Last week New Labour and unions representing public sector workers announced a deal over pensions. Under the proposal, existing teachers, civil service workers and health workers will retain the right to retire at 60.
This marks a retreat from the government’s original plan to make these groups work to the age of 65. But new workers will be exempt from the deal and will have to work an extra five years or pay greater contributions if they want to retire early.
The deal also excludes local government workers. This threatens to break the unity that forced the government to withdraw their earlier proposal in March this year.
Socialist Worker spoke to a range of workers about their thoughts on the deal. All comments are in a personal capacity.
Barry Conway, branch secretary Bolton National Union of Teachers (NUT)
More backward employers have gone into a paroxysm of rage over the government’s climbdown on pensions.
But the more intelligent know they have achieved a significant victory — not, paradoxically, in the formal offensive of getting people to work until 65.
What New Labour and the employers understand is that you can set the retirement age at any level you like, so long as workers cannot afford to retire.
The teacher who effectively kicked off our pension campaign in Bolton has written to me to tell me that new pay restructuring will reduce his salary to such an extent that he will be unable to retire at 60.
On the other side of Bolton a planned academy will, if it goes ahead, take another crop of teachers above the 60 year ceiling.
Following the pensions deal we will be writing to our members telling them that we should be proud of the effort put in to push this issue to the forefront of the agenda.
In terms of what we wanted, the right to retire at 60, we have come through with flying colours.
As from next year we will tell all new entrants that we fought and won this right, but that our union leaders failed to follow up this success and drive home the advantage.
There is no reason why we can’t revisit this issue at a later date.
The government will try to snatch a victory from its initial defeat by forcing through the grotesque Rewards and Incentives productivity deal for teachers, and forcing through its academy programme.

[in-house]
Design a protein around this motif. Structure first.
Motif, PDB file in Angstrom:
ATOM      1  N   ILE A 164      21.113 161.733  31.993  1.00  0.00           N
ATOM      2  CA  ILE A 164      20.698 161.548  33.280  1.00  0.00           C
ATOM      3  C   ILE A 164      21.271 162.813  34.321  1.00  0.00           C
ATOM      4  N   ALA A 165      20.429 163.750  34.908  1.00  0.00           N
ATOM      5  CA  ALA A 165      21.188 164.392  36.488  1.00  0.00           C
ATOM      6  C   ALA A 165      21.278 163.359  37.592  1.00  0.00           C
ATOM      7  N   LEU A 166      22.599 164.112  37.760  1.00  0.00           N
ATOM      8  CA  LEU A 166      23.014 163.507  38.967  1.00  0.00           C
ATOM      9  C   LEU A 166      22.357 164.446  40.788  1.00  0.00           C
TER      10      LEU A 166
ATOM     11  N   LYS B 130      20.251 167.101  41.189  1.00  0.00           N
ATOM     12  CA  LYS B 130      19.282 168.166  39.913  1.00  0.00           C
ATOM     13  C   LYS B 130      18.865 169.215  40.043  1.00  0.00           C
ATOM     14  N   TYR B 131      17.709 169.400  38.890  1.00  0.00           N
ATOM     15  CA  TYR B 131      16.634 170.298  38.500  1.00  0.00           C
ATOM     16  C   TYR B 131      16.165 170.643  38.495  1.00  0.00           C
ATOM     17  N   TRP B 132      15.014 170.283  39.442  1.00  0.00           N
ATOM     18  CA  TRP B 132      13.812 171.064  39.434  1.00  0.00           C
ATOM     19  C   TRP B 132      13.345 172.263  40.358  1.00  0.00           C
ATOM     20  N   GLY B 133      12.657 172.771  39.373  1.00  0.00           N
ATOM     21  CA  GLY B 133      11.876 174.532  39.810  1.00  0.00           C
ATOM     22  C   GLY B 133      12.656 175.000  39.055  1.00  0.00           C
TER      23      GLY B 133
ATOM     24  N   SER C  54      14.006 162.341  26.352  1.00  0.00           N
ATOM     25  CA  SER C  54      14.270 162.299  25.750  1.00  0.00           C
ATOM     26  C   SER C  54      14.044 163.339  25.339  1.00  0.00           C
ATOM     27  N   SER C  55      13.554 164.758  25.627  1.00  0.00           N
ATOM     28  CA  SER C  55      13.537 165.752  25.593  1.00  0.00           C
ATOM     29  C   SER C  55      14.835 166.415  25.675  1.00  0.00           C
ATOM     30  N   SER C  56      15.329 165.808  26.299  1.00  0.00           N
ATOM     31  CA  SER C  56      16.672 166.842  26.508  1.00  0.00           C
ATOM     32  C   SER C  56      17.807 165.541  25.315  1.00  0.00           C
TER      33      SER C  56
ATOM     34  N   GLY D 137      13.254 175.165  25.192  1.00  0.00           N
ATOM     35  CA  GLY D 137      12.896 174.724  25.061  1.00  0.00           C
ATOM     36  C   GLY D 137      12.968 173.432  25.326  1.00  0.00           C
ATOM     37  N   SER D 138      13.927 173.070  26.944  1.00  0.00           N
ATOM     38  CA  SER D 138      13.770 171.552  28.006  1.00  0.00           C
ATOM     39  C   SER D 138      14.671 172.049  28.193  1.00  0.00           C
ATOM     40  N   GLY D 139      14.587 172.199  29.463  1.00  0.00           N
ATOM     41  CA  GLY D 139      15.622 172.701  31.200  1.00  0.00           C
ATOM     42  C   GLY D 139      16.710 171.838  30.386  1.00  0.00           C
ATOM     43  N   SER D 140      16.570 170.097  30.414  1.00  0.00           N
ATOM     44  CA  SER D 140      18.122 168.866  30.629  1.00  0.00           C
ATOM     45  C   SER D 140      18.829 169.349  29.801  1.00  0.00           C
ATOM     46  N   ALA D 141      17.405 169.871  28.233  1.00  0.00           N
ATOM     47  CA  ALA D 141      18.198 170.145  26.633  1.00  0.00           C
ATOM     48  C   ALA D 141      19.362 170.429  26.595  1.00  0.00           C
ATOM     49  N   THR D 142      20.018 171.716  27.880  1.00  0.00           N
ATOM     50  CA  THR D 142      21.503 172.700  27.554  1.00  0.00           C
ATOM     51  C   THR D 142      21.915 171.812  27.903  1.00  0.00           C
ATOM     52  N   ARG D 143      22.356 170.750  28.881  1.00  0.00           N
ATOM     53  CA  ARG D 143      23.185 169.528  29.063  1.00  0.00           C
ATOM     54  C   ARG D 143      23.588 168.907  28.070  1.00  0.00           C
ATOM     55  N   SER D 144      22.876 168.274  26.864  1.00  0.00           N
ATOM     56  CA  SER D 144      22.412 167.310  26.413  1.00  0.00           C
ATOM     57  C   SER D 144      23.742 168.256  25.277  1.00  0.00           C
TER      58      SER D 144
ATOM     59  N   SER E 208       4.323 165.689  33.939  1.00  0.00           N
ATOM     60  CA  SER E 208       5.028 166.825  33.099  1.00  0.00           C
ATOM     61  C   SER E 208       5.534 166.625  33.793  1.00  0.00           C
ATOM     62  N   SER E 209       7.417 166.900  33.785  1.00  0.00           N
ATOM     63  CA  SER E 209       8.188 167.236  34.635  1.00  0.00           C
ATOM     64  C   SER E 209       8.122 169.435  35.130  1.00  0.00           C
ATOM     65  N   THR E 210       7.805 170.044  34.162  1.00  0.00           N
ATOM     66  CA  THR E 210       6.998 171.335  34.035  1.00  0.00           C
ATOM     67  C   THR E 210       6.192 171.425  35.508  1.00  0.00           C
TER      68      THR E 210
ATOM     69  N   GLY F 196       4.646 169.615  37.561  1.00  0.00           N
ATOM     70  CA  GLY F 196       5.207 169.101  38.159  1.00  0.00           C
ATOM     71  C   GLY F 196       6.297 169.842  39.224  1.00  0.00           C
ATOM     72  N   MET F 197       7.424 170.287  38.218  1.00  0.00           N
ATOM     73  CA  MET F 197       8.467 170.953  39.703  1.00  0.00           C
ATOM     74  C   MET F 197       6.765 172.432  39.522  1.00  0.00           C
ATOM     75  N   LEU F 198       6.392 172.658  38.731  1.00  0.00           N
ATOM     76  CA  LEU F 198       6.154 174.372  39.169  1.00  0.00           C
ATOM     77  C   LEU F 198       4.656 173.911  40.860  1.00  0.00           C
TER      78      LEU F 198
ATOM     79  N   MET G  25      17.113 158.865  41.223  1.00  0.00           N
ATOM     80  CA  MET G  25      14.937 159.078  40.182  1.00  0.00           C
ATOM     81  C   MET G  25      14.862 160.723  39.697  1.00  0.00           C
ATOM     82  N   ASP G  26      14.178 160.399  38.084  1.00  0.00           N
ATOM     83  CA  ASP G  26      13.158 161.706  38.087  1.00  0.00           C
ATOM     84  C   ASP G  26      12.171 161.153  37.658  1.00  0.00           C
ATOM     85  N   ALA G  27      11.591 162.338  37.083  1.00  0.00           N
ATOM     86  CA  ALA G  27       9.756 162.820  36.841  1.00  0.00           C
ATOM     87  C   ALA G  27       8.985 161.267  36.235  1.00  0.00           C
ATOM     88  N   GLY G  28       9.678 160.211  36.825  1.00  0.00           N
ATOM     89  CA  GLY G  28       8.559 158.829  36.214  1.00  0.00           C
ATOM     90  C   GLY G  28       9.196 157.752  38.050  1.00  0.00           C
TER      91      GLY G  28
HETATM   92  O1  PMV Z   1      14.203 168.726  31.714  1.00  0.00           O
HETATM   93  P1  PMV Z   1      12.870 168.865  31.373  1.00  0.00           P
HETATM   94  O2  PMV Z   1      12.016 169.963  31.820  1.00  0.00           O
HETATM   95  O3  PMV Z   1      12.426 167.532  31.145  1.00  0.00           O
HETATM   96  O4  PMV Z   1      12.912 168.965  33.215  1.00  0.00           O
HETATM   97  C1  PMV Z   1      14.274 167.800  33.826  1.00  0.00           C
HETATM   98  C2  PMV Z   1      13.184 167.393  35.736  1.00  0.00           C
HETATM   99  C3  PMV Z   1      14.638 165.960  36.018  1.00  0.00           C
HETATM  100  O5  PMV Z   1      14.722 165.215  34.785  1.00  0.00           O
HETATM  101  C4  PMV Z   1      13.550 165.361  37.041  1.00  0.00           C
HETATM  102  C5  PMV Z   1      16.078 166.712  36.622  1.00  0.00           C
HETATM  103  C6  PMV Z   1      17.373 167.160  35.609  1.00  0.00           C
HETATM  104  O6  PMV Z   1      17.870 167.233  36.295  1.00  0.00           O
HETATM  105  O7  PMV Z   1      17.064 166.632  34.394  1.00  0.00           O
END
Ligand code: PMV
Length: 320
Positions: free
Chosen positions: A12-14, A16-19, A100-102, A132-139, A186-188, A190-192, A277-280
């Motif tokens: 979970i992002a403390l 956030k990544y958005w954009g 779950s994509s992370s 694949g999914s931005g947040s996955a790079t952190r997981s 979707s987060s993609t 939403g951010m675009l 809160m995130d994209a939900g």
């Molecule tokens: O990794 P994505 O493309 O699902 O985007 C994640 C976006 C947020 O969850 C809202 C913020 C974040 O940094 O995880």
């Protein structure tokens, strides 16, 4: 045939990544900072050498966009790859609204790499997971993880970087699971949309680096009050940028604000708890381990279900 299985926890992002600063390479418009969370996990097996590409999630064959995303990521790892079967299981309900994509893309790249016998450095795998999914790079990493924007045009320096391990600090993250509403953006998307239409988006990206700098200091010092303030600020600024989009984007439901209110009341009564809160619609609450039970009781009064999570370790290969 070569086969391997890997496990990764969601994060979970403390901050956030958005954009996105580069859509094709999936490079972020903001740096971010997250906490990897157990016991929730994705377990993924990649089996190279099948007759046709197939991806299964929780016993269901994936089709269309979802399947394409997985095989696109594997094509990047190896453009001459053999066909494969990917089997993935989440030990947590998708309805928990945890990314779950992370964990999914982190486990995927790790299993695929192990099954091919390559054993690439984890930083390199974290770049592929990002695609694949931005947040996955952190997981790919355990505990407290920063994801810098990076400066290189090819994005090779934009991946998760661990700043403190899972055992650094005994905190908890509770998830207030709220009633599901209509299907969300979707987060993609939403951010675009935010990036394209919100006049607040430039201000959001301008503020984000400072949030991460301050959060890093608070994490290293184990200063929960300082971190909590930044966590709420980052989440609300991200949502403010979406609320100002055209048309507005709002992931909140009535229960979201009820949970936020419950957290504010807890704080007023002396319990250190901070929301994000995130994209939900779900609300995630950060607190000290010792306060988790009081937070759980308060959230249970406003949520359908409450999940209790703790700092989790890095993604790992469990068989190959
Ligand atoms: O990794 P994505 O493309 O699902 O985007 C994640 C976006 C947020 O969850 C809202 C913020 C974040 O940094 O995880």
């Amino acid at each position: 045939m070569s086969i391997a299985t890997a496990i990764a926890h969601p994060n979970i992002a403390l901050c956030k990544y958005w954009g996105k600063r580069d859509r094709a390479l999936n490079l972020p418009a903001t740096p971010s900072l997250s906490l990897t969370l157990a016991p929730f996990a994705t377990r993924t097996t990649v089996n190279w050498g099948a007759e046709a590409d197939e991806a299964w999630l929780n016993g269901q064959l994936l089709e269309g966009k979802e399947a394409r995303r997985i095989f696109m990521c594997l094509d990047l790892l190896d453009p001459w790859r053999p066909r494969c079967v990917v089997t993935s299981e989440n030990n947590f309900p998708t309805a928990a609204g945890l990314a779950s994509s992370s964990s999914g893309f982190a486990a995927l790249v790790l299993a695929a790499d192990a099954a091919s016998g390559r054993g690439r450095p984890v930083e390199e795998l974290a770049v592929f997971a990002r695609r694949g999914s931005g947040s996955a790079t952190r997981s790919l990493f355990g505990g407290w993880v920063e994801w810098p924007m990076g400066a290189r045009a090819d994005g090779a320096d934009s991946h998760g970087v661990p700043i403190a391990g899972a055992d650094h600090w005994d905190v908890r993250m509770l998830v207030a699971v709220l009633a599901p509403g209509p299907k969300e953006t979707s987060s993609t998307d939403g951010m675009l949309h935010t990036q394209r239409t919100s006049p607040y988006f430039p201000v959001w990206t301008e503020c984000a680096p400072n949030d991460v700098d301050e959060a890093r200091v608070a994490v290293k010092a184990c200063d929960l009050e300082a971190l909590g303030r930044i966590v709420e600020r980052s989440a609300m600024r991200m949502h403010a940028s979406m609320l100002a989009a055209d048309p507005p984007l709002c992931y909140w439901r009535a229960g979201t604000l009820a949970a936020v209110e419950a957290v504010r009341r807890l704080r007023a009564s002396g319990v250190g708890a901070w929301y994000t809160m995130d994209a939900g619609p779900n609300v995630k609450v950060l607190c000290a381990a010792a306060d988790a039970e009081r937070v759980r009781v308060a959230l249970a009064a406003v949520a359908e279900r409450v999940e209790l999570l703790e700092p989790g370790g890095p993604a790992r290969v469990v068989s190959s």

We need to be ready to resist these measures.
Andy Stone, trainee teacher
People doing teacher training are already having to pay for their college fees—now we’re being told we have to work an extra five years.
I don’t understand how any of the union leaders can see this deal as a victory. I went to the NUT website and clicked on “professional unity” and the website crashed — which says it all really.
Ken Muller, NUT rep, Islington Green School
I am appalled at the agreement on pensions. I was too old to be affected by the previous proposals for teachers’ pensions.
However, I was prepared to strike along with my colleagues, not out of self interest, but in solidarity with younger colleagues and later generations of public sector workers — which may include my own children.
This deal sells those who come after us down the river, and threatens to create divisions between new and existing public sector workers.
The fact that the government was prepared to retreat in the face of threatened strike action shows that we could have won much more.
The NUT should reject this deal and fight alongside other public sector unions to defend the right of this and future generations to retire at 60.
Jon Locke, acting union convenor at Rolls Royce
We’ve got a three-year review coming up for our pensions.
No doubt the company will want to take more money off us, even though they’re flush with cash. People feel very strongly about the issue of pensions.
The deal in the public sector looks good for existing workers — but not new ones.
It will add to the idea that we should all be working longer. I’m certainly not looking forward to working that long.
Henry Rajch, GMB local government branch secretary in Barnsley
The papers are saying that this is a good deal for the public sector, but we’re not even included in the deal.
And even if we were, there is a two-tier aspect to it that I find totally unacceptable.
People I represent are saying they can’t work until they are 65. They are manual workers — the work means you physically deteriorate.
There is already a problem because pensions are calculated on your final salary. But often manual workers end up in lower paid jobs as they get older.
The threat of strike action in spring faced off the government’s attack.
My union didn’t join that action. They are saying they want to negotiate without strike action. But GMB members would support strikes over pensions if they were asked.
Emma Boyd, PCS civil service workers’ union rep in Defra
At first we were quite pleased with the deal, but then we read more about it and that’s when we started to worry.
When the unions started building the campaign over public sector pensions they said that unity was the key — everyone standing together. Part of the fight was about protecting future workers.
But this deal does not include future civil service workers, and other groups, such as local government workers, seem to have been left out to dry.
I’m in my 20s. I always wanted to work in the public sector, to help people, and I was prepared to put up with the low pay if I knew I had a decent pension to look forward to.
Under this deal, in 30 years time I will be in a tiny minority of civil service workers allowed to retire at 60.
What’s to stop the government then — Tory or Labour — saying that I have to work till 65?